July 15, 2015 Edition

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Hoxie 21 event celebrates
importance of history


Jim Barksdale (from left) visits with Eudoris and Arlene Fielder and Tim Taylor during the 60th anniversary celebration of the desegregation of Hoxie School on Saturday. Barksdale, a 1979 graduate of Hoxie High School and son of Don Jean Barksdale-Bright, one of the Hoxie 21, introduced speakers who were there in 1955 when the school was integrated.
TD Photo ~ Gretchen Hunt

Gretchen Hunt
Editor

Nearly 200 gathered on Saturday at Hoxie's Mustang Gymnasium to mark the 60th anniversary of the 1955 integration of Hoxie School.

The theme throughout the event was the importance of preserving the history and recognizing the significance of what happened during the desegregation of Hoxie School.

Fran Cavenaugh, chair of the Lawrence County Chamber of Commerce Board, said the Chamber is honored to help tell the story of the Hoxie 21.

"It is time this story receives it rightful place in history," she said. "We are glad to announce our plans to rebuild the Hoxie Colored School."

Plans are to replicate the school that black students attended prior to the 1955 integration to house a museum and educational facility in Hoxie.

Several speak
at event

Hoxie Mayor Lanny Tinker said one of the fun things you get to do as mayor is make proclamations. He read his to those in attendance citing the courage of the 1955 school board, the bravery of the black community and the steadfastness of those who fought the segregationists and concluded with:

"I, Lanny Tinker, Mayor of Hoxie, do hereby proclaim Saturday, July 11th, as the day to commemorate our positive commitment to the integration of Hoxie Public Schools in 1955. We furthermore pledge to people of all races to continue as individuals and collectively as a community to support issues that are 'Right in the Sight of God.'"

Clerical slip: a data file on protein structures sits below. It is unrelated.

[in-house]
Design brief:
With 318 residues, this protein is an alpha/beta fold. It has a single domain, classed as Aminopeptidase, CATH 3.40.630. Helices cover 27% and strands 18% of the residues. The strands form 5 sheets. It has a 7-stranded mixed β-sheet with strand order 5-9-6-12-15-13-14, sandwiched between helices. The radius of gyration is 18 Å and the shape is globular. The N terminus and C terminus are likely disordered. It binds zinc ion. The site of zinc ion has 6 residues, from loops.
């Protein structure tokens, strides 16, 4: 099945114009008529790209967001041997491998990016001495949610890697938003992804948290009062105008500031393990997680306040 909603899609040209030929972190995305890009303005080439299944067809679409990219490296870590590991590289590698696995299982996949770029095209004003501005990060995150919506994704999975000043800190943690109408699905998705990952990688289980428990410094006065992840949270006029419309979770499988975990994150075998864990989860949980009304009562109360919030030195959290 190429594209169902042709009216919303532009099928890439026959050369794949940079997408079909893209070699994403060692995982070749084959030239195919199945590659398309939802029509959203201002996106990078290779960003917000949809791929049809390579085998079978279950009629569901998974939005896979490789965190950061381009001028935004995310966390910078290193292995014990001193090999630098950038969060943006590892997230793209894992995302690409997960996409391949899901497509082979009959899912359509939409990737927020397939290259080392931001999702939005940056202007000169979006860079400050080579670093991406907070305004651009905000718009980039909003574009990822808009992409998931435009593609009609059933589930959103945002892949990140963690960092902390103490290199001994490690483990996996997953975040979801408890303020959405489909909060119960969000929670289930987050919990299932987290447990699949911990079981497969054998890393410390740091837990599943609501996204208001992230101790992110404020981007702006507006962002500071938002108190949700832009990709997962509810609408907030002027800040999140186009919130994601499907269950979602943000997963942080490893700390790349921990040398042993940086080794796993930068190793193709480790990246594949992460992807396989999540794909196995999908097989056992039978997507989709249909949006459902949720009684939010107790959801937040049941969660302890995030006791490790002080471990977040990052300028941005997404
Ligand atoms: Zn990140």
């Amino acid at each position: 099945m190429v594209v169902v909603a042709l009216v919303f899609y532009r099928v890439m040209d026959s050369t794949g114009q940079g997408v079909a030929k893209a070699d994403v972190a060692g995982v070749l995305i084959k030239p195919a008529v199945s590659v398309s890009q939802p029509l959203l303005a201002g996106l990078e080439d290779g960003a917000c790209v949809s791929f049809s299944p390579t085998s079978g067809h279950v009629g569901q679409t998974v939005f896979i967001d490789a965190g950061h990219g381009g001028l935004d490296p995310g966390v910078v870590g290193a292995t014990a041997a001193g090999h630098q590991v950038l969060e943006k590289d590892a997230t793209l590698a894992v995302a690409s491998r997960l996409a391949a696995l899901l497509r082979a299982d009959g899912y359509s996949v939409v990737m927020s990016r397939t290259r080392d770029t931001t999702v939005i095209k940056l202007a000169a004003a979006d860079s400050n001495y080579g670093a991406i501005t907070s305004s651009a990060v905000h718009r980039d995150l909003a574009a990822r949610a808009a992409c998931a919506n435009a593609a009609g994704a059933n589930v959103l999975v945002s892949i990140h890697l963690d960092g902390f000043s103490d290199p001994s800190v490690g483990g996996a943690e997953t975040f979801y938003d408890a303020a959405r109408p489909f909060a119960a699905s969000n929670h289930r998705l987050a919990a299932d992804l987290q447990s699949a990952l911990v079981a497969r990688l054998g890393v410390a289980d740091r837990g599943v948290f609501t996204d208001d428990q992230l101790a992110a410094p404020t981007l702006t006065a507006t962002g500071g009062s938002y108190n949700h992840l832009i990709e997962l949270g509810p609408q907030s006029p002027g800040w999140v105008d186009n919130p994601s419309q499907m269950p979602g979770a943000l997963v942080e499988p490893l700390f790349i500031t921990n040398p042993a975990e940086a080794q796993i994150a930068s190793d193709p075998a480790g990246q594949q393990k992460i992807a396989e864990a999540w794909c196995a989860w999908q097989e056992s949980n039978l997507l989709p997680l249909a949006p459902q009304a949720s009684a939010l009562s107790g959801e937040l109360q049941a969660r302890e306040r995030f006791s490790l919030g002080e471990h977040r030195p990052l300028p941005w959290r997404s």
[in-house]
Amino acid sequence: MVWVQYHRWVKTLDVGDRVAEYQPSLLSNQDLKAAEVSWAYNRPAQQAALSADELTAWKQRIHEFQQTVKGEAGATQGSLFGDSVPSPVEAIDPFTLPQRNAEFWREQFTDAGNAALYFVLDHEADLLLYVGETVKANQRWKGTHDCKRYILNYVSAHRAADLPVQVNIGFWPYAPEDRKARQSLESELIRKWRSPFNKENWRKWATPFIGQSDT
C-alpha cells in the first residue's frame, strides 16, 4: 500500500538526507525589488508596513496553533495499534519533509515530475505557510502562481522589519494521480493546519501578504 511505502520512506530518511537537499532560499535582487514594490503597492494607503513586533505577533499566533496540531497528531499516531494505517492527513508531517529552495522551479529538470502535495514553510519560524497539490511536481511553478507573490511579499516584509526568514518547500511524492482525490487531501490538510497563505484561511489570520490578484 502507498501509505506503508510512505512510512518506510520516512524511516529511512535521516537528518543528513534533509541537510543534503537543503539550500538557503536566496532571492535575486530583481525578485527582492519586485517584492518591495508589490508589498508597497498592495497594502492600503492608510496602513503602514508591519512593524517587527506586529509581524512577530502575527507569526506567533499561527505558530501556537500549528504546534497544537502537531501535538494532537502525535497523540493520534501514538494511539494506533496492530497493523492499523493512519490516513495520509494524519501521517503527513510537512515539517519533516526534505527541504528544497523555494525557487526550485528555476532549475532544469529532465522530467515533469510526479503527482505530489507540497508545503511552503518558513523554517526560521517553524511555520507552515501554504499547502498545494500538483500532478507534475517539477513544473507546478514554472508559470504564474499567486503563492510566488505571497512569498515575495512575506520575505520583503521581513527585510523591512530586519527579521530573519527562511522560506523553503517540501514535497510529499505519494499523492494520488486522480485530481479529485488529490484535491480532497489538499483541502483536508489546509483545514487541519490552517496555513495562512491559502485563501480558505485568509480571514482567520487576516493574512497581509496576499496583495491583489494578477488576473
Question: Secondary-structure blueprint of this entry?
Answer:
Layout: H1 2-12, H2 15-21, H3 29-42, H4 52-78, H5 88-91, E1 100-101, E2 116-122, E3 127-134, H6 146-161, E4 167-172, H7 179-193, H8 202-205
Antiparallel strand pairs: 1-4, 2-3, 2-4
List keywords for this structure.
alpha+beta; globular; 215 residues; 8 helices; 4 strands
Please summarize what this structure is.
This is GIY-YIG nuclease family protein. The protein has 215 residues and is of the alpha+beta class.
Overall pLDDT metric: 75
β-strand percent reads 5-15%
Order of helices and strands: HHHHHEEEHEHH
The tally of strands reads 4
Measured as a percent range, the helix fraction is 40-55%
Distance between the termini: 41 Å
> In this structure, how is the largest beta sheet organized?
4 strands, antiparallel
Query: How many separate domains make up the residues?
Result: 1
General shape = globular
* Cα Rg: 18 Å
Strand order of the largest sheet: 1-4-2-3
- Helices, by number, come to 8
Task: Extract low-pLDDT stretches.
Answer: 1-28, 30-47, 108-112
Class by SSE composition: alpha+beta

A proclamation from the Arkansas Martin Luther King Jr. Commission was also read citing that Supt. K.E. Vance had given three reasons for integration: "It was 'right in the sight of God,' it complied with the Supreme Court ruling and it saved money."

"Hoxie is important because Hoxie, by far, is the best story of successful diversity in the State of Arkansas," the proclamation states. "There are many lessons to be learned from this multi-faceted event of 1955."

The current Hoxie School Board convened a brief special meeting during the celebration to pass a resolution showing support of the decision of the 1955 board, as well as support of current efforts to build a museum to preserve that history.

Nathan Davis, field representative for U.S. Sen. John Boozman, said Boozman was sorry he was unable to attend Saturday's event, but wanted to do something special to honor the Hoxie 21. He made a speech that was entered into the Congressional Record, and Davis shared it with those in attendance on Saturday and presented copies to the city, the school and the Hoxie 21.

"I congratulate the town of Hoxie and the Hoxie 21 on this milestone," Boozman said in his speech. "I am encouraged by your dedication to share this history and positive message. I thank the Hoxie 21 and the community for their bravery in the face of adversity. It is an honor to tell your story and educate people about your struggle."